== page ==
Out of Bounds: Olympics decisions sensible, but inscrutable

The digital clock in London's Trafalgar Square reads just over 270 days.

The 2012 Summer Olympics are rapidly approaching and hundreds of millions of people are waiting for its arrival. Some have been following the upcoming event since the 2008 handover ceremony in Beijing, China. Others, however, will be surprised by the new changes that were implemented since London secured its bid.

The biggest news is the change in sporting events offered this time around. The 2012 Summer Olympics will feature 26 sports, eliminating baseball and softball. Baseball was first introduced as a demonstration Olympic sport in 1912, but wasn't offered again until 1936. Softball, on the other hand, was only recently included, starting in 1996.

In August, the International Olympic Committee (IOC) added women's boxing to replace softball's and baseball's spots, effective for the 2012 games. The committee also discussed the inclusion of golf and rugby for 2016, instead of baseball, karate, roller sports, softball and squash.

While I'm glad that women's boxing will be included and I hope that it will create a domino effect to fully earn equality in women's sports, I don't understand how the IOC determines the sports that are competed. Why include women's boxing? Why eliminate the long-standing tradition of Olympic baseball? Why should softball face elimination after just four Olympics?

If the IOC is thinking that cost is the issue, they should realize that cost shouldn't ultimately determine the inclusion of a sport. London isn't amassing excessive expenses – they're actually saving money. London originally budgeted 7.3 billion pounds – or $11.87 billion – for construction, but in May, the British government announced that the budget was too high and released new figures, decreasing it by $56.7 million, totaling $11.81 billion. If they have extra money for which they originally budgeted, why not include baseball or softball at the very least?

Perhaps the IOC is worried about fan interest; however, the official media guide for the Winter Games in Turin stated that, "There is no other sport, cultural, or political event able to match the world's fascination with an Olympic event. The Opening Ceremony is considered the greatest global TV event of the year in terms of TV audience viewing it. It practically means that on that night, one person out of three on the planet will be tuned in."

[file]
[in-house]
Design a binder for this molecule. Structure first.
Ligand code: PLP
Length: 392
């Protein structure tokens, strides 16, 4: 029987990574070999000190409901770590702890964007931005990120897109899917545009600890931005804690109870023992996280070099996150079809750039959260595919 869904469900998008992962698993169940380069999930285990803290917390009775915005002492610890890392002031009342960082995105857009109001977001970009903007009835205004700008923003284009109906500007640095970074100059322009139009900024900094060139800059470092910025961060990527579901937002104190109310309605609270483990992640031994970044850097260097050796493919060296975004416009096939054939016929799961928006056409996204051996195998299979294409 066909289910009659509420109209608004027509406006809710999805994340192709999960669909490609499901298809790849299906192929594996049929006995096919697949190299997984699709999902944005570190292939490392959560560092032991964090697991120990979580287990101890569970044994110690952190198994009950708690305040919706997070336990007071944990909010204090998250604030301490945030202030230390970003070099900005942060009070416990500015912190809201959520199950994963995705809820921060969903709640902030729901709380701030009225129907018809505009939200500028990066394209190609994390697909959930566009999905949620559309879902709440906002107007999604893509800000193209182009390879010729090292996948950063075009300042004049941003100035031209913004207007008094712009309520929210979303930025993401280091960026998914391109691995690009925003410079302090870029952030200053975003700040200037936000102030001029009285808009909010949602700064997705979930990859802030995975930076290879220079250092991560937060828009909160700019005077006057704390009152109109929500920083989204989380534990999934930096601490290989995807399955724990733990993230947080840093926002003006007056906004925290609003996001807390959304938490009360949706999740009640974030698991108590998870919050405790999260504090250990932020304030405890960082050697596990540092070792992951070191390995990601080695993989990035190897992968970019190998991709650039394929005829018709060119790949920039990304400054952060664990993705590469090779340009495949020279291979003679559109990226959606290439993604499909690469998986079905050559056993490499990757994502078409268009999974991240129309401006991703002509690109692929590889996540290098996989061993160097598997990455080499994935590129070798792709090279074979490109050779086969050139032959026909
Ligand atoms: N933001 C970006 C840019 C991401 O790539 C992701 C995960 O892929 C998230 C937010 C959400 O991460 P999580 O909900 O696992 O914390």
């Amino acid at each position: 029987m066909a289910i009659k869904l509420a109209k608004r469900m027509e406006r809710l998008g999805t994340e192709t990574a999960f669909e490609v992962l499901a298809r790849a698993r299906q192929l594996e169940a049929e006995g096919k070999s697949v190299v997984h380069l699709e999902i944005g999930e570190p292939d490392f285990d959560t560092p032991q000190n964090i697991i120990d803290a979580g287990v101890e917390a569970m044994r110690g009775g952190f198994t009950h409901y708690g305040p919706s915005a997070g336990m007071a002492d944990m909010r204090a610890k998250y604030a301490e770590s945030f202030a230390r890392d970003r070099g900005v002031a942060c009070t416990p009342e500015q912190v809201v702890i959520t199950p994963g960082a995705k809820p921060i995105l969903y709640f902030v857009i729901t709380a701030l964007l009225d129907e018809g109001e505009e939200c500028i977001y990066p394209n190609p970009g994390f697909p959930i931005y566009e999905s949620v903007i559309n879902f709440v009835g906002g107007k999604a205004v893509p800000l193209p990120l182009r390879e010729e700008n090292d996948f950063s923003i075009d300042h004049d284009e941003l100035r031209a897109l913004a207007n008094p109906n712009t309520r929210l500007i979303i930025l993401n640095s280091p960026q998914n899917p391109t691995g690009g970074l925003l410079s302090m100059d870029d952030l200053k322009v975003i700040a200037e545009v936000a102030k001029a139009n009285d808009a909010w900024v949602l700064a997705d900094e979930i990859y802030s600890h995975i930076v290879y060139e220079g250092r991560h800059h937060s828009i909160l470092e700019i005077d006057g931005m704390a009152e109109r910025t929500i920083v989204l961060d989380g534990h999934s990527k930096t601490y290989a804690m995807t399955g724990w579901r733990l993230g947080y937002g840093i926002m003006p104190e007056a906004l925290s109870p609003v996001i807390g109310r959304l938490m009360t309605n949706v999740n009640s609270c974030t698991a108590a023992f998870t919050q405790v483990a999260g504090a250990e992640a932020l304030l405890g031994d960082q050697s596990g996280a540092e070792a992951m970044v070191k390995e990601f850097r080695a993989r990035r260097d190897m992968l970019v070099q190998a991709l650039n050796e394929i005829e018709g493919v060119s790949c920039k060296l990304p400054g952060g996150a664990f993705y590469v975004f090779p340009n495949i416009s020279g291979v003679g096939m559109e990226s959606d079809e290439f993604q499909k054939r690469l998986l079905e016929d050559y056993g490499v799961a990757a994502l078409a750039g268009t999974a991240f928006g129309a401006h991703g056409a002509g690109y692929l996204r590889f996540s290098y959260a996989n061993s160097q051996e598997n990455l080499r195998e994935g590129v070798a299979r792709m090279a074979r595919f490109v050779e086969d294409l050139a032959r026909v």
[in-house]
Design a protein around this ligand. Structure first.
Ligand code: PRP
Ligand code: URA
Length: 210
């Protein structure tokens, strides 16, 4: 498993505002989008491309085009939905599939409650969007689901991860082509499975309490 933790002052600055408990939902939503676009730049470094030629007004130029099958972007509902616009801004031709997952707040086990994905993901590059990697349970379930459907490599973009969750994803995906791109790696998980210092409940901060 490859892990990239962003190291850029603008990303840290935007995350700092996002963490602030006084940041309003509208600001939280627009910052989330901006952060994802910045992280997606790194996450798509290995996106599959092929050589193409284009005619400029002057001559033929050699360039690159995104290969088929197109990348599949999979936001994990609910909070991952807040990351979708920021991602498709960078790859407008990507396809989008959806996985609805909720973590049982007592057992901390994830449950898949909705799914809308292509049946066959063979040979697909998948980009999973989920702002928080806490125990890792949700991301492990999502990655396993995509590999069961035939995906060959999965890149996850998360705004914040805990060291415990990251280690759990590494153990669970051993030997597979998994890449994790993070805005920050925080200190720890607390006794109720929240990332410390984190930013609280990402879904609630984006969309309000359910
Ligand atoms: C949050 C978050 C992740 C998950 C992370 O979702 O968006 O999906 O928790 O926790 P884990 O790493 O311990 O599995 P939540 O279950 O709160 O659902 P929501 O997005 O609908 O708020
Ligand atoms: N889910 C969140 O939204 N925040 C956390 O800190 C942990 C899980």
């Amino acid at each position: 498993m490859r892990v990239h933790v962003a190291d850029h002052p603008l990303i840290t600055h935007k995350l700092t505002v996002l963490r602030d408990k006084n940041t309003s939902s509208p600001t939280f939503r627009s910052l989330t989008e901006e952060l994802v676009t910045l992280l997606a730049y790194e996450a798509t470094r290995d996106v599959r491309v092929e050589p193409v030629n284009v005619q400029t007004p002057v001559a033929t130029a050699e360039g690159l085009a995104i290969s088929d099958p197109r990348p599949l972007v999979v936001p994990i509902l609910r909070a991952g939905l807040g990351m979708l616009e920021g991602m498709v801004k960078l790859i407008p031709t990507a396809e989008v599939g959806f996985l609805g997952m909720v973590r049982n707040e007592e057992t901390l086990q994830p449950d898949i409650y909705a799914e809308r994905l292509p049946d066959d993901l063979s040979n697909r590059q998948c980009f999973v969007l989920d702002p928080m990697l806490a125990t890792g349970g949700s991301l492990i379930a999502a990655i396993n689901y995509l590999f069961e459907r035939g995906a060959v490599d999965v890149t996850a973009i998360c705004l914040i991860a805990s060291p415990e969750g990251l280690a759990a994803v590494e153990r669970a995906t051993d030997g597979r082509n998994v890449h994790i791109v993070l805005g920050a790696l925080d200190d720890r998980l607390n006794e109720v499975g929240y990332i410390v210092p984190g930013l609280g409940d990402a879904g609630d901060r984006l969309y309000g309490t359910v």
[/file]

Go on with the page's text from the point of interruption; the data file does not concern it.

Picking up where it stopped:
I'm sure that soccer yields more viewing, but baseball and softball games aren't ghost towns. In fact, their viewership has been booming within the past few years. The 2010 World Series had 14.3 million viewers, ahead of the 2008 Series' 13.6 million.

Maybe baseball and softball aren't as popular in comparison to the rest of the events, but if the IOC truly wants to achieve their goal of "[contributing] to building a peaceful and better world by educating youth through sport practiced without discrimination of any kind and in the Olympic spirit," they should consider the younger generation who gave their hearts and souls to baseball and softball. Without their favorite sports, they're left hopeless and disheartened, knowing that they cannot have a chance at the fantastic opportunity of Olympic competition, or admire the many inspirational role models that the Olympics produce.

If the IOC wants to make things right, the members could at least take competition of the sport into consideration. Already, the IOC requires that for the inclusion of a sport, it must be widely practiced within at least 75 countries on four continents by men and at least 40 countries on three continents by women.

This requirement, however, is so minimal that it allows 26 sports in 38 disciplines for the 2012 games. The IOC should instead consider the contests that are already established for the qualified Olympic sports. Golf, for instance, promotes international competition at least four times a year in the Majors Championships. In the last 20 years alone, there have been Major Championships won by citizens of Argentina, Australia, Canada, Fiji, Germany, South Korea, New Zealand, Northern Ireland, Ireland, Russia and the United States.

Softball, on the other hand, doesn't offer international competition as often. There is only one professional softball league that features four teams and limited international play. Softball Olympic medalist Jennie Finch puts it best when she said that, "Over 140 countries play this game … you don't have to be 6'4". You don't have to be 200 pounds. We have all different shapes and sizes. The sport tests so many athletic abilities, from hand-eye coordination, to speed, to agility, to quickness. We're finally at the pinnacle. We've finally been established. Please don't take this away."

The IOC should really review their requirements for the selection of Olympic sports, since it evidently has many flaws. I understand that times are changing, and America's pastime isn't as dominant in today's society, but the Olympics are supposed to be about the athletes and the youth. The IOC has gone far enough from their values and objectives that they should question themselves: Who are the Olympics really for?